[Pandemic, Epidemic, Epidemiology] Smallpox Quarantine in the “Pock House” on Shelter Island, December 1770, Shortened by Inoculation: “… I say how can you hesitate, one moment when your family and country both demand your assistance, to free yourself from one of the greatest scourges…”
William Nicoll, Autograph Letter Signed, December 14, 1770, 2 ¼ pages, written from Islip to Nicoll Havens with recorded observations on the various degrees of disease during a smallpox outbreak, as well as strong advocacy for the practices of inoculation and quarantine. William Nicoll (1702-177_), author of this letter, was the son of the royal patent holder of the same name, who died in 1723. This letter was written and sent just after William Nicoll’s release from quarantine in the “Pock House” where he details the severity of other cases in his family, including detailed description of their visible symptoms, some of whom were not yet released from quarantine. Remarkably, he states the reason for his light case, that his inoculation not only protected him but urges his kinsman to inoculate others: “… I was only sick enough not to be well, now after such an old fellow has run the Gauntlet of Innoculation, and besides being therewith a very bad subject with a Rheumatick Constitution and the shakes of a severe fit of sickness, with what fare even you in full health and with the vigour of youth on your side, I say how can you hesitate one moment, whom your country and family demand your assistance, to free yourself from one of the greatest scourges of human Luxury without which you cannot well owe them (?), and had I your constitution, I should rely on it to have 999 chances out of 1000, and a little more to reward, and you shall be more than welcome to prepare at my house which is full half the difficulty.” Mention is made of Sachem Neck, the name of the Nicoll family plantation on Shelter Island, and “Meshamuck” where a lot had been cleared at the time of writing. Mashomack is now the name of the 2,000 acre nature conservancy on Shelter Island, where the Nicoll family once lived. Condition good, slight paper loss where the seal was broken when the recipient opened the letter.
Full text: “Islip, Dec[em]b[e]r 14th 1770
Last Monday I emigrated from the pock house with my Children; but my Wife and Hanny are still there owing to the pock being too slow in drying up for she had not many but very large perhaps a 100 but Hanny were immovable but a very favourable sort and scar too at once on the Surface of the skin and are drying up fast so that I expect they will be out in two or three days. The Children were very sick about 24 hours and then almost as soon well Ana had not one pock that filled and the others very few. [M]any people expected a very severe tryal for me, and doubtless some desired it, but however they are disappointed, for I was never sad or sorry having but about 20 pock[s] of which maybe four or five filled without obliging one to one hours confinement or the loss of one meal, and I was only sick enough not to be well. [N]ow after such an old fellow has run the Gauntlet of Innoculation, and besides being therewith a very bad subject with a Rheumatick Constitution and the shakes of a severe case of sickness, with what fare can you in full health and with the Vigour of youth on your side, I say how can you hesitate, one moment when your family and country both demand your assistance, to free yourself from one of the greatest scourges of human Luxury without which you cannot well sewethem, and had I your Constitution I should rely upon on it to have 999, chances out of a 1000 and a little more to recover and you shall be more than welcome to prepare at my house which is full half the difficulty.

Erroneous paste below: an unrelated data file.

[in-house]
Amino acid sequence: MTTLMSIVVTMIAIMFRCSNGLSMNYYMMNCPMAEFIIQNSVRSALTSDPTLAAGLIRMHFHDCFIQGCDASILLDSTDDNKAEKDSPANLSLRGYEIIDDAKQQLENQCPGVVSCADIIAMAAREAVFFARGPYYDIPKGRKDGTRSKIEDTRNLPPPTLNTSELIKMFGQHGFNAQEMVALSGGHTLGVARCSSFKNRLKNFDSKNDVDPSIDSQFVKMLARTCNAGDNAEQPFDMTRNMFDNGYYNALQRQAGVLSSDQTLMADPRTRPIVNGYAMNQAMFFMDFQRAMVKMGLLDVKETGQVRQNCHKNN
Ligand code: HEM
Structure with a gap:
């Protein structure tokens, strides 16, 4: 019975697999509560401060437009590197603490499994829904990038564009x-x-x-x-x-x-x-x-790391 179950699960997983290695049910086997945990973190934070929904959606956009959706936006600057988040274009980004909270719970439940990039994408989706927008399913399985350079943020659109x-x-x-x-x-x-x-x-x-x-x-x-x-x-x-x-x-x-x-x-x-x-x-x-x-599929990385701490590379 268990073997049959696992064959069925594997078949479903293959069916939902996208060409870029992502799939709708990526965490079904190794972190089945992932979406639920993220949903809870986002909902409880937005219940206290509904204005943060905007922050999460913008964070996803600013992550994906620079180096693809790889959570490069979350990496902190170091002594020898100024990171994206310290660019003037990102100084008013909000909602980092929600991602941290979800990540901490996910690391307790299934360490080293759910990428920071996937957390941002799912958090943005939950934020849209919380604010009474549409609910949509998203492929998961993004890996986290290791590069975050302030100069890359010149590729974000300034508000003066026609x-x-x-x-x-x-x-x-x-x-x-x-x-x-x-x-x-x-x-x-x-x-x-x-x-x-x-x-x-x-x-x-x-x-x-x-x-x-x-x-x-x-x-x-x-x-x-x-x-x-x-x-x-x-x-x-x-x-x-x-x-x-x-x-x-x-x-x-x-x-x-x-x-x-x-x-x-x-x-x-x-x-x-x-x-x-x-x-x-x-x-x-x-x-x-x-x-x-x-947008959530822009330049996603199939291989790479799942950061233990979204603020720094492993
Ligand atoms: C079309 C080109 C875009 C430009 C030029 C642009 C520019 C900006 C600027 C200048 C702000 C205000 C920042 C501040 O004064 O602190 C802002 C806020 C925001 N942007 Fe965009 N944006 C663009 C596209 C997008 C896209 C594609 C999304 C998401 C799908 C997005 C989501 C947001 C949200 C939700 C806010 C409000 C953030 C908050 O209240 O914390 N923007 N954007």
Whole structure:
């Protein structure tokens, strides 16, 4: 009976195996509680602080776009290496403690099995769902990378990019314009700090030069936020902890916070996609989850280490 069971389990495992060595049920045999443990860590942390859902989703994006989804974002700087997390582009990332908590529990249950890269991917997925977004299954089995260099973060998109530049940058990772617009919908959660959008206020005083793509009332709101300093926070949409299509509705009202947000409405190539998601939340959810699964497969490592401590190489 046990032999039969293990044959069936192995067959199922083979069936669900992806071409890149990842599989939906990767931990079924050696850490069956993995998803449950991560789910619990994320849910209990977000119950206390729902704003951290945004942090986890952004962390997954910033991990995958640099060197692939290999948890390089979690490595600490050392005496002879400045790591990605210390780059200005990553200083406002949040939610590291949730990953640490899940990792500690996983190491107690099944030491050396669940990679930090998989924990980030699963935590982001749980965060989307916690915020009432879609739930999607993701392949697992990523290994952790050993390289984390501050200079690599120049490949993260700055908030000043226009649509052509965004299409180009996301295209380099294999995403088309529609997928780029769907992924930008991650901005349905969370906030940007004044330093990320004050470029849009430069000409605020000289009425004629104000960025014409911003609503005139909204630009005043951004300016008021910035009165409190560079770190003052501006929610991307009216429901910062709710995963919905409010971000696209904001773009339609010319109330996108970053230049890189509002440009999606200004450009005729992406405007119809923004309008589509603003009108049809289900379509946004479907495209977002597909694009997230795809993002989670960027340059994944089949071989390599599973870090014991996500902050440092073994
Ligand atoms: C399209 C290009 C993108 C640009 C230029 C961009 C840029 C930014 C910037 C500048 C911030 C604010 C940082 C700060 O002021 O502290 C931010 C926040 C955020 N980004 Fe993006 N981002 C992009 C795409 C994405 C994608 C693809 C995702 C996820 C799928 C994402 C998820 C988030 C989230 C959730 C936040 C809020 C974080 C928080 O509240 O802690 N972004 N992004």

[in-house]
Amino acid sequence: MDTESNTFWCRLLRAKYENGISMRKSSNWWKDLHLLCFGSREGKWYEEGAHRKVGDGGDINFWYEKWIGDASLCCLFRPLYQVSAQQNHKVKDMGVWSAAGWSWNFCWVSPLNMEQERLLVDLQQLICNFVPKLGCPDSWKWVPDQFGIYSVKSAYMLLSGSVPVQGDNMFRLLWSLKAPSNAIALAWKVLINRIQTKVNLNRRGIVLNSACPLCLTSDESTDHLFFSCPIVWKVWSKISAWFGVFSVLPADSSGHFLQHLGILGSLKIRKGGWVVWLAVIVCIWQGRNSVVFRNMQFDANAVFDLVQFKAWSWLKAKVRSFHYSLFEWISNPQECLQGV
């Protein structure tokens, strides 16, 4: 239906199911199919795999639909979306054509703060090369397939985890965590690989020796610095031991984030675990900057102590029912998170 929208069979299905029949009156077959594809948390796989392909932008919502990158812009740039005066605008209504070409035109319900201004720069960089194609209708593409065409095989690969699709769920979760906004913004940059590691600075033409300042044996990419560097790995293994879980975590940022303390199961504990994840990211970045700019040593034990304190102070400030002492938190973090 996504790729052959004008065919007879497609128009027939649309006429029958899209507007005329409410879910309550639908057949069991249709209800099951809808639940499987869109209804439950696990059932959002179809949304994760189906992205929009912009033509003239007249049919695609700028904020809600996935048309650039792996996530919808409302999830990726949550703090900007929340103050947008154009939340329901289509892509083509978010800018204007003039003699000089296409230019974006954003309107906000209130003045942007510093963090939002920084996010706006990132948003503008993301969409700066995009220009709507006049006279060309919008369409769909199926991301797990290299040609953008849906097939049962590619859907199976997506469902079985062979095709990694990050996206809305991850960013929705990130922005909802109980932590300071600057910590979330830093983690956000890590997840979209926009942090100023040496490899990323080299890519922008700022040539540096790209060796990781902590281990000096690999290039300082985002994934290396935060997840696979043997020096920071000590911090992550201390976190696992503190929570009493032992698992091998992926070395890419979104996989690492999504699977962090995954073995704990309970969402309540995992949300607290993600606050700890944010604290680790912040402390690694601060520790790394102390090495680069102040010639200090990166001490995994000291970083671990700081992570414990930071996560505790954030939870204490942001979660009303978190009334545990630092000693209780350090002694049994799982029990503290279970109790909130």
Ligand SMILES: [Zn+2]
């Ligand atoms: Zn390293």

I long very much to see you but I must be at New York on Monday where I should have been a week ago if Dr. Muirson had not disappointed me on my return from Shelter Island, tho[ugh] I had previously, engaged him, to be ready but it is expected my Lord will carry matters pretty high and then a Dissolution must ensue, which will leave me most agreeably to the [?] my own concerns, and now one word about Sachem Neck, and I have done which is only this that you would think whether Meshamuck, and a lit[t]le bit of Land about pains Lot can be profitably cleared this season which with all other matters relating to my Business I thankfully leave in your kind Hands and after my hearty remembrance to you all I pray you to excuse this hearty scrawl from your
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